1 Timothy 5:6 But she who lives for pleasure is dead even while she is still alive.

  • It is a site requirement to identify the translation you are citing. Thanks.
    – Ruminator
    Nov 17, 2018 at 14:05

4 Answers 4


This is a very common NT idiom. The word (noun) for "dead" is "nekros" and is used of physical death (obviously) but also spiritual death to describe an unsaved person who is physically alive but spiritually dead. Here are some examples:

  • Matt 8:22 - But Jesus told him, "Follow me, and let the dead bury their own dead."
  • Eph 2:1 - As for you, you were dead in your transgressions and sins,
  • Eph 2:5 - made us alive with Christ even when we were dead in transgressions--it is by grace you have been saved.
  • Eph 5:14 - This is why it is said: "Wake up, sleeper, rise from the dead, and Christ will shine on you.
  • Col 2:13 - When you were dead in your sins and in the uncircumcision of your flesh, God made you alive with Christ. He forgave us all our sins

The same idea is extended to the condition that Christians should have in regard to sin. See Rom 6:11 - In the same way, count yourselves dead to sin but alive to God in Christ Jesus. James used the same idea extended to faith in James 2:17, "In the same way, faith by itself, if it is not accompanied by action, is dead."

In 1 Tim 5:6 we have the verb, "tethveken" (= having died) which is the perfect form of "thnesko". However, in view of the above, the sense is clear. The woman is physically alive by spiritually dead.

  • I don't think that Paul is saying she's not a believer or saved, personally. Paul didn't even say that about the guy sleeping with his [prostitute?] mom. I think Possibility hit the nail on the head with the "unproductiveness" angle. She "might as well be dead" if she isn't serving. -1 (to offset all the upvotes just a tad!)
    – Ruminator
    Nov 17, 2018 at 14:11

The letters to Timothy are personal letters from a church leader to his apprentice, not a public letter to the congregation or church community. It mostly contains housekeeping advice rather than instruction directly to the people.

The widow who is really in need and left all alone puts her hope in God and continues night and day to pray and to ask God for help. But the widow who lives for pleasure is dead even while she lives. Give the people these instructions, so that no one may be open to blame. Anyone who does not provide for their relatives, and especially for their own household, has denied the faith and is worse than an unbeliever. 1 Timothy 5: 5-8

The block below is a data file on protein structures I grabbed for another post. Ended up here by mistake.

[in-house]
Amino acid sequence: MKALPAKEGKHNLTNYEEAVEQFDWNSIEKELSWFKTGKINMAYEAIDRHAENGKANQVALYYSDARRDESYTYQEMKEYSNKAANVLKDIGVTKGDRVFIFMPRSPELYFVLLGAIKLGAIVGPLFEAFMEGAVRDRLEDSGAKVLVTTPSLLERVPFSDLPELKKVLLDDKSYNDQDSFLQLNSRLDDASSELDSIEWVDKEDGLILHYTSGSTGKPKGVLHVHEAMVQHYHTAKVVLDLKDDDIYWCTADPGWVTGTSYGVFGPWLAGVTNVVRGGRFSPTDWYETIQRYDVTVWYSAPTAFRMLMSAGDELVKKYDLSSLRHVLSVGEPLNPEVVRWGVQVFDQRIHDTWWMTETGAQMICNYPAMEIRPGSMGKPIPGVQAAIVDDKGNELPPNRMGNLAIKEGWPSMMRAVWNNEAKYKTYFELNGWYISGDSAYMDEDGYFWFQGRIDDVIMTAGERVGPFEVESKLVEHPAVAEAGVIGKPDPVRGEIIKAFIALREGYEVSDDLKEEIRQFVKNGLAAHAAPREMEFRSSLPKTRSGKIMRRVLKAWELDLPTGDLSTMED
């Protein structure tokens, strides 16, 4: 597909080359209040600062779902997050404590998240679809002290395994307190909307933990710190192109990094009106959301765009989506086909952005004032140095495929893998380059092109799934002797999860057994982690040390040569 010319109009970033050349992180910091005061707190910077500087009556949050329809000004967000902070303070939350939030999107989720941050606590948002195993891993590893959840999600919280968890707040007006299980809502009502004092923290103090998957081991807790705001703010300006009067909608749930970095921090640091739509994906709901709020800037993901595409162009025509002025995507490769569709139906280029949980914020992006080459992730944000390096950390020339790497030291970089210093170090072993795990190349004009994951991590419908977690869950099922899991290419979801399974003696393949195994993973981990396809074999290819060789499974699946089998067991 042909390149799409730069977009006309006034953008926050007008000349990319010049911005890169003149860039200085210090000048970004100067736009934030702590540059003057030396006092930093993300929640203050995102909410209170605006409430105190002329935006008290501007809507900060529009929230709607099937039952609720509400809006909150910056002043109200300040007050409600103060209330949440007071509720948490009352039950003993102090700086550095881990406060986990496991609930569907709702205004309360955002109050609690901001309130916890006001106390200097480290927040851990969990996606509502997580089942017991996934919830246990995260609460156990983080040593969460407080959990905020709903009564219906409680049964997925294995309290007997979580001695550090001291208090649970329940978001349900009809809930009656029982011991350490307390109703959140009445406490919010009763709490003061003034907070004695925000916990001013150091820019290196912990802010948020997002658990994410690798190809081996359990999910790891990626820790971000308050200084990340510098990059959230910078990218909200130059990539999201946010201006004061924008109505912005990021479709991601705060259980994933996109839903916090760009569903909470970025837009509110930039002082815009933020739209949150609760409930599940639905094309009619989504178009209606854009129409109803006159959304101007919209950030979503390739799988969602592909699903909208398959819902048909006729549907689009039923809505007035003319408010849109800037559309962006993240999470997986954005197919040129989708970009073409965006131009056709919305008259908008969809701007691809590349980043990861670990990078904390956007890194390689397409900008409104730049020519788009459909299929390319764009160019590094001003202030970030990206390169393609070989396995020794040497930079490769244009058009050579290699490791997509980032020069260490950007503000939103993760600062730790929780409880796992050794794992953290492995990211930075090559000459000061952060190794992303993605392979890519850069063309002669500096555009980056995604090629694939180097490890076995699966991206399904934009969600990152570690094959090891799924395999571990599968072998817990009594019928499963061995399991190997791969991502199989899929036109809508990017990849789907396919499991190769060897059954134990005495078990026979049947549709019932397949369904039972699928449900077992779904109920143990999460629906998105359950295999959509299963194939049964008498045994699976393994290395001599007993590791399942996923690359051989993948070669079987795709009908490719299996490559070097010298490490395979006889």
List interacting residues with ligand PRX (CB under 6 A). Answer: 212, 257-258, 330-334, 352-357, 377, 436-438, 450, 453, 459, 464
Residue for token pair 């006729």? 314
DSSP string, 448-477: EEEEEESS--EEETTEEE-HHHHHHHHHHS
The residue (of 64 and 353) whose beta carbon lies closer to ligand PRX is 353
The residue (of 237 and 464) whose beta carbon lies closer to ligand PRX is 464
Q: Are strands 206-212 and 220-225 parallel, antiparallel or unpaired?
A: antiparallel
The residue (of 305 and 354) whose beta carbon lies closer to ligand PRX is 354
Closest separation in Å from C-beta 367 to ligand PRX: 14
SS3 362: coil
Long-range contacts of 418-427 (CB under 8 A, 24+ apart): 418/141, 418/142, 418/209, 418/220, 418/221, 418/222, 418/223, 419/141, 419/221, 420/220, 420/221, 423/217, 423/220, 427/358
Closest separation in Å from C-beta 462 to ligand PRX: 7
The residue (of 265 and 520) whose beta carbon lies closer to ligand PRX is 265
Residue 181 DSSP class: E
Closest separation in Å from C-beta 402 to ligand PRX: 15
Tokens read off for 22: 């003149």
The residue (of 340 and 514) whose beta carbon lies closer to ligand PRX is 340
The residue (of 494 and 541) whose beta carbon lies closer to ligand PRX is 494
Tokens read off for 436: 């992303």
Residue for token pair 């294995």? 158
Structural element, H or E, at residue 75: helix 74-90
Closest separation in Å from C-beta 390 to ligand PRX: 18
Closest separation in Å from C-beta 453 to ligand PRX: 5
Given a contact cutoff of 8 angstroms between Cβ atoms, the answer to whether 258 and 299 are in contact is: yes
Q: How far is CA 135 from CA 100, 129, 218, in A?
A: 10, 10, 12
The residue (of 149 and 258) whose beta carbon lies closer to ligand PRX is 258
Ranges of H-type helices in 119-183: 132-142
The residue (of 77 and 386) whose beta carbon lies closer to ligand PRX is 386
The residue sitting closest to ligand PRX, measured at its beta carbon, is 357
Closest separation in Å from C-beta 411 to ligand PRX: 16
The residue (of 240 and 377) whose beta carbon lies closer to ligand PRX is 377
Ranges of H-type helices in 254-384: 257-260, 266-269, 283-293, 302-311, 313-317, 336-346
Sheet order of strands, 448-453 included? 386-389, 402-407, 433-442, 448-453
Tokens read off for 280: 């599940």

The distinction is made between those widows who need to be supported because they have no other means, and those who expect to be supported by the church simply because they are widows. The instructions that Timothy has been advised to give to the people are two-fold:

  • the onus is on families (not the church) to support their widowed relatives as part of their commitment to the faith and Jesus' teaching;

  • a widow without family, who is expecting to be supported by the church, is expected in return to accept the role of 'widow' to the church in the same manner that a widow would serve her family:

bringing up children, showing hospitality, washing the feet of the Lord's people, helping those in trouble and devoting herself to all kinds of good deeds. (1 Timothy 5:10)

The 'widow who lives for pleasure' in this context would be one who expects to be supported by the church so that she can serve herself - so that she can live her own life, for her own pleasure. To say that she is 'dead even while she lives' refers in some way to Paul's teachings, that caution against living according to what the flesh desires:

Those who live according to the flesh have their minds set on what the flesh desires; but those who live in accordance with the Spirit have their minds set on what the Spirit desires. The mind governed by the flesh is death, but the mind governed by the Spirit is life and peace. Romans 8: 5-6

But it's important to recognise that a widow who had no family was considered of no use to anyone. With no childbearing years left, no children to raise, no means to support herself and no husband to serve, such a widow was simply a burden on society. To put it crudely, she was considered 'dead even while she still lives' - a body waiting to die.

A widow could avoid this status by living in accordance with the Spirit within the church community, who will support her as a valued member of the body of Christ. The advice to Timothy is that she shouldn't get that support by simply being a widow and then living according to the flesh - according to her own desires.

  • Very nice analysis Possibility, thanks. I learned a lot. +1